Although silicon is mainly associated with microchip devices and advances in computing, the alloy that silicon forms with germanium can be used as a thermoelectric material, which is, in the presence of a gradient of temperature, able to generate an electrical voltage and vice versa. This thermoelectric effect has been long known. Nevertheless, it has not been widely used because of its modest efficiency. In recent years, the interest on thermoelectricity has revamped due to the use of thermoelectric devices for micro‐energy harvesting or as a large‐scale conversion of residual heat into electricity. This increase in the research on thermoelectrics is mostly due to the impact nanostructuration has on improving the efficiency of these materials, which has been increased almost a factor of three over the last 20 years. The purpose of this chapter is to highlight the ways in which silicon‐germanium has improved its efficiency by nanostructuration.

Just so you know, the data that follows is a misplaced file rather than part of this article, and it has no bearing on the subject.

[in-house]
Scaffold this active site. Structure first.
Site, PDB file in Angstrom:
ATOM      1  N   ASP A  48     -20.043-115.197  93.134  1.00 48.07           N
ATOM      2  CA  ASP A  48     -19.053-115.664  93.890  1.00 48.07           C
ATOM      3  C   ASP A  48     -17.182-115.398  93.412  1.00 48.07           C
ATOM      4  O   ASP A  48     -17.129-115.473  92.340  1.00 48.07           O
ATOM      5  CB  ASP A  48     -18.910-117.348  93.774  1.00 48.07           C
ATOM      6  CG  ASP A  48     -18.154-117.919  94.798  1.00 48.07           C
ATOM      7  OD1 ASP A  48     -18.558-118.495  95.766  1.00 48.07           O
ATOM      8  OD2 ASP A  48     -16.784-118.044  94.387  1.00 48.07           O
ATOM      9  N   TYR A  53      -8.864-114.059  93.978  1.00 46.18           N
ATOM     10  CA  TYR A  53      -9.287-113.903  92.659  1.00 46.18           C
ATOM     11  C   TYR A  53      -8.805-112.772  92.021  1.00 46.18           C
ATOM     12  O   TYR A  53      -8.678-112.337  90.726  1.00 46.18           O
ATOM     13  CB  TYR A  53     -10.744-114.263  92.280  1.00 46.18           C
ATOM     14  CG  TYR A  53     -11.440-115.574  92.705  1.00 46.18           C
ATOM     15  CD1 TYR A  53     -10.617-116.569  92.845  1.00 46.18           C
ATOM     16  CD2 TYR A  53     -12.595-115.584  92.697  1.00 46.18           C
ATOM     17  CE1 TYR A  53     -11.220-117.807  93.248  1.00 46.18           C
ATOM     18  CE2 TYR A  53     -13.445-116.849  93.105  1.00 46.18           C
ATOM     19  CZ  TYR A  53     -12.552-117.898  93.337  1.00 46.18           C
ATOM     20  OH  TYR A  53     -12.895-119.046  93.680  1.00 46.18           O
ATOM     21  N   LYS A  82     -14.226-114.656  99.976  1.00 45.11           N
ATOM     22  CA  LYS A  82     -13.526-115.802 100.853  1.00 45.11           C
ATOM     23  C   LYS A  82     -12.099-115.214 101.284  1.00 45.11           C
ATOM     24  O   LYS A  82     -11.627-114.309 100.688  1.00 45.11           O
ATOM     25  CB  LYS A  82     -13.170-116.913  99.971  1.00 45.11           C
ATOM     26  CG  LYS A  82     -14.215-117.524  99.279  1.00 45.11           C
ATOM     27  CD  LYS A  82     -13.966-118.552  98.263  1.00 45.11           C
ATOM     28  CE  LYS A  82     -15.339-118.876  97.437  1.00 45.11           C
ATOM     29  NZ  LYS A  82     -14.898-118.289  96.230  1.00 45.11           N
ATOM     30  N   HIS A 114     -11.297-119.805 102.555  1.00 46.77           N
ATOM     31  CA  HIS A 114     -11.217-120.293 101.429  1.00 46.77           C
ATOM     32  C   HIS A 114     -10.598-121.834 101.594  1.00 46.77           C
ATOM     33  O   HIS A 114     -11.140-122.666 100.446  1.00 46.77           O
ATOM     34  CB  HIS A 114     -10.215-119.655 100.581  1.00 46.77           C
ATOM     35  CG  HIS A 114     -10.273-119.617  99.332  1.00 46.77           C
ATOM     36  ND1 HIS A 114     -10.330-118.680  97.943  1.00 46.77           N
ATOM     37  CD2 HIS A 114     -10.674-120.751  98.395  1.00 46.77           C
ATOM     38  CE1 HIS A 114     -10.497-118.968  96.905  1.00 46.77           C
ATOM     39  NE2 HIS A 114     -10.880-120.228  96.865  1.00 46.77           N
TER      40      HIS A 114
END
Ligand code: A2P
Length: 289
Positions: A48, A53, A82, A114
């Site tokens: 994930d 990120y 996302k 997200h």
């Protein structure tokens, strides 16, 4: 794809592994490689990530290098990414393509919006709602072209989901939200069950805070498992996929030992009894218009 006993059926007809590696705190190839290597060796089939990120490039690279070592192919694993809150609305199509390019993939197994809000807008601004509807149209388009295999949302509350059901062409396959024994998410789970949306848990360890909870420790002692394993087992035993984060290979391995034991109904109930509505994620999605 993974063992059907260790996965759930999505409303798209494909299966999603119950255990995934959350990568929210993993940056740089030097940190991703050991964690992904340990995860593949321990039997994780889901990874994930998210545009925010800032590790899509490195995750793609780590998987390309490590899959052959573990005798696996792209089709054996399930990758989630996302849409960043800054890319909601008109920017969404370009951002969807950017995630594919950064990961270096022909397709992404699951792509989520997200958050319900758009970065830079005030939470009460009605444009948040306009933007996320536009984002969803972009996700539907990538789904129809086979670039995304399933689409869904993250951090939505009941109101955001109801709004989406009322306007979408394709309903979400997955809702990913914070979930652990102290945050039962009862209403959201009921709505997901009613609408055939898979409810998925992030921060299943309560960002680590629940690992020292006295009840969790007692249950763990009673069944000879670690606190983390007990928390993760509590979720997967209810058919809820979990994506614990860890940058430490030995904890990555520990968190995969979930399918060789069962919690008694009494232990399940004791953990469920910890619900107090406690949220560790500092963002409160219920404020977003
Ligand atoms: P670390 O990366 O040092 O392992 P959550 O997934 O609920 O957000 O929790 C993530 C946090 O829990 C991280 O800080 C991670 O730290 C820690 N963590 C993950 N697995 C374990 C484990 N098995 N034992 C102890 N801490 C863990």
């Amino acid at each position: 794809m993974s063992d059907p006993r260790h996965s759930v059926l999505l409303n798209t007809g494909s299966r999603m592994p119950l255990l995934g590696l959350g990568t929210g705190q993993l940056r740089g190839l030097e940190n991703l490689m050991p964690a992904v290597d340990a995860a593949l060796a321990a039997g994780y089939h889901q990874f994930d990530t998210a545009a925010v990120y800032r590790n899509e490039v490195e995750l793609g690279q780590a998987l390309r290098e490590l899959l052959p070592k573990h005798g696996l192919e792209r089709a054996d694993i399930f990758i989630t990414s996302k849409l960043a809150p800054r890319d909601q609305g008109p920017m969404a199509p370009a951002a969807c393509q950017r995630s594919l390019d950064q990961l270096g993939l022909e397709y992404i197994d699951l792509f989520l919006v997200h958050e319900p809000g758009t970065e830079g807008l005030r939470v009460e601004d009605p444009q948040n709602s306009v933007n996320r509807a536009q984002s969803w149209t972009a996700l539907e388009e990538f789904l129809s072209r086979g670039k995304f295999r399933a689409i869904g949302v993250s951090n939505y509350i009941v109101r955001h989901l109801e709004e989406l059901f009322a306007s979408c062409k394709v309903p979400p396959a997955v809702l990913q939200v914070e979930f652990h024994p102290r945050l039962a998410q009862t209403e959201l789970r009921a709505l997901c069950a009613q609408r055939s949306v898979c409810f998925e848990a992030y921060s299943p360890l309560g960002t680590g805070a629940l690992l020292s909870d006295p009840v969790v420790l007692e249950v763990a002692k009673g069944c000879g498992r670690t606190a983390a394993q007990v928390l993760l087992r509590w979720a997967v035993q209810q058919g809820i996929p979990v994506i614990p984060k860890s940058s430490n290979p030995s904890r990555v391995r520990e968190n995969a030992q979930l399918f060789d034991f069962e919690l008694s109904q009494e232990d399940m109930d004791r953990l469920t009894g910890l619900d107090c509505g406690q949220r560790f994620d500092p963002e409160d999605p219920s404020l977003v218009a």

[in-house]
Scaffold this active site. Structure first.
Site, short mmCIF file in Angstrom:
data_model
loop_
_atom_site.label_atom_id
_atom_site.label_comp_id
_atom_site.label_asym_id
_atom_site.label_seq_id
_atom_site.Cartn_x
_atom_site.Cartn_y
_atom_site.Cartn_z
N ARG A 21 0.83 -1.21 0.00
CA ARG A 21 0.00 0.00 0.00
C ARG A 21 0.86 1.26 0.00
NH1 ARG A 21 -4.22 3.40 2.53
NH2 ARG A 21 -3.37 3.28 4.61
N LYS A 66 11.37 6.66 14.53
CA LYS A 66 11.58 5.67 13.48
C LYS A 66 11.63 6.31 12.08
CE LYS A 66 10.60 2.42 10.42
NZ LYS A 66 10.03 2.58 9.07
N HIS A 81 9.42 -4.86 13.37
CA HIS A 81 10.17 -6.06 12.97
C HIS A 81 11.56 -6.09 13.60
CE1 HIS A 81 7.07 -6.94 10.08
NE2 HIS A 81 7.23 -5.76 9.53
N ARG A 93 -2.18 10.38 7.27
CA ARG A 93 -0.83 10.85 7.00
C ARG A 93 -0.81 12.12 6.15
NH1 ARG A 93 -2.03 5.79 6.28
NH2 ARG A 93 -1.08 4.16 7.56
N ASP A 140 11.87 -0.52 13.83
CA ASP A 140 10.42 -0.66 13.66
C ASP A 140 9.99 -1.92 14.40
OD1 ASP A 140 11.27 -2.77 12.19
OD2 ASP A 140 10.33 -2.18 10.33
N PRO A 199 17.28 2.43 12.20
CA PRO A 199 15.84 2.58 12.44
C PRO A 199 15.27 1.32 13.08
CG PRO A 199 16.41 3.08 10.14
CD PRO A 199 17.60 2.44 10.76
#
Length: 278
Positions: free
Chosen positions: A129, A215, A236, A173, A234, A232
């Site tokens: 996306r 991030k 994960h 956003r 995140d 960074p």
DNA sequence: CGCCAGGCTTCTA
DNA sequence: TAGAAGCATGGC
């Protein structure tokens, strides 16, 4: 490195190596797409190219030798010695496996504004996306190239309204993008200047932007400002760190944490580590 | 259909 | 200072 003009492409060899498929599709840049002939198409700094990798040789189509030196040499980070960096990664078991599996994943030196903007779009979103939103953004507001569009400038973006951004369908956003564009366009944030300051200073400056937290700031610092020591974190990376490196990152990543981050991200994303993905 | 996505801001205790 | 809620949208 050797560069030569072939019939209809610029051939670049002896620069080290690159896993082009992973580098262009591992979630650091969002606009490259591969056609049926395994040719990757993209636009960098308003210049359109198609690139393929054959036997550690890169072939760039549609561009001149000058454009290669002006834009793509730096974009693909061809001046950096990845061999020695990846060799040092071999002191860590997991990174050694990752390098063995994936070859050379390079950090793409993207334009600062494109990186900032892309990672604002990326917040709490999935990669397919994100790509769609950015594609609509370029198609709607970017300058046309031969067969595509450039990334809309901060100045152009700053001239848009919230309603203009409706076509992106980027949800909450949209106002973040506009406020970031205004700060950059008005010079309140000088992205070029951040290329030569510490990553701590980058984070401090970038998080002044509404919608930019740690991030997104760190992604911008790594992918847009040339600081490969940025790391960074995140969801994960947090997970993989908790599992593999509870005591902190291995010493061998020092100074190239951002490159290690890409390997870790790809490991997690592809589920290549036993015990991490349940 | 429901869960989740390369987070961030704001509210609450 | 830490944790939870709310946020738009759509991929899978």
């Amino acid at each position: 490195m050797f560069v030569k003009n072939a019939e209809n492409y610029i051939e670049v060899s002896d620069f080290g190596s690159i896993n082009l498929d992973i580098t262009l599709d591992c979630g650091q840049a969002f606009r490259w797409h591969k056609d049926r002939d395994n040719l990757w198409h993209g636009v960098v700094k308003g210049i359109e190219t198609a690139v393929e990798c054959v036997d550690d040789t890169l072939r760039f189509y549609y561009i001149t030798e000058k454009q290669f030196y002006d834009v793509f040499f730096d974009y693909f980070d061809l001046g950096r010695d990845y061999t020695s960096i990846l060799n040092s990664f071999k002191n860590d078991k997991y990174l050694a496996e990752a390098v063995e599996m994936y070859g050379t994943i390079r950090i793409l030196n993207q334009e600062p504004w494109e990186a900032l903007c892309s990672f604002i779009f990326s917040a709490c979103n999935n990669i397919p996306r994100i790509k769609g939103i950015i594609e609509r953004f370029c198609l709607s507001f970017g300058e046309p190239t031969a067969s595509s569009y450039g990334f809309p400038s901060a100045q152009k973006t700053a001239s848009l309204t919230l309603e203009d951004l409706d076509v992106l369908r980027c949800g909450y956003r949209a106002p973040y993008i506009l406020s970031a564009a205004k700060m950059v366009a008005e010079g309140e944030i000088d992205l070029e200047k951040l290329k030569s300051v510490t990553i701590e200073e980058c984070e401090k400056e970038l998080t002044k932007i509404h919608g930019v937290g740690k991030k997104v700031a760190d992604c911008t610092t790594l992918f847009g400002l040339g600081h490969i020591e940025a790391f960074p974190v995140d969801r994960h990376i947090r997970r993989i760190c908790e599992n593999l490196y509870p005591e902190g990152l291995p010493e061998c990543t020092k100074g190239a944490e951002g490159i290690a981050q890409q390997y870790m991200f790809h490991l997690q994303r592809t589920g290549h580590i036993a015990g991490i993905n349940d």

Considering the decreasing fossil fuels and increasing energy demand worldwide, a pressing need for improved direct thermal (wasted heat) into electrical energy conversion is imposed. The wasted heat comes from the energy transportation, vehicles, electricity generating sources, industry, etc., which tampers the actual efficiency of the initial resources. For instance, around 30% of the energy obtained from the fuel of a car is actually used in its movement. The other 70% is lost in the form of heat, friction, and cooling the car. Furthermore, it is completely reasonable to look for alternative energy technologies to reduce our dependence on fossil fuels and greenhouse gas effects. This necessity has fostered multiple lines of research, including the conversion of thermal energy through thermoelectricity [2]. As an example, the most recent International Energy Outlook 2016 (IEO2016) [3] prepared by the USA Energy Information Administration shows the energy production predictions for the year 2040, based on the data recorded previously (Figure 1a). It is shown that the total world consumption of energy will increase a 48% from 2012 to 2040. Renewable energies are the fastest‐growing energy sources over the predicted period, with a foreseen increase in their consumption of around 2.6%/year between 2012 and 2040. In Figure 1a, CPP refers to a Clean Power Plan (CPP), which is a USA regulation that aims to reduce carbon dioxide emissions from electric power generation by 32% within 25 years, relative to the levels of 2005 in the USA.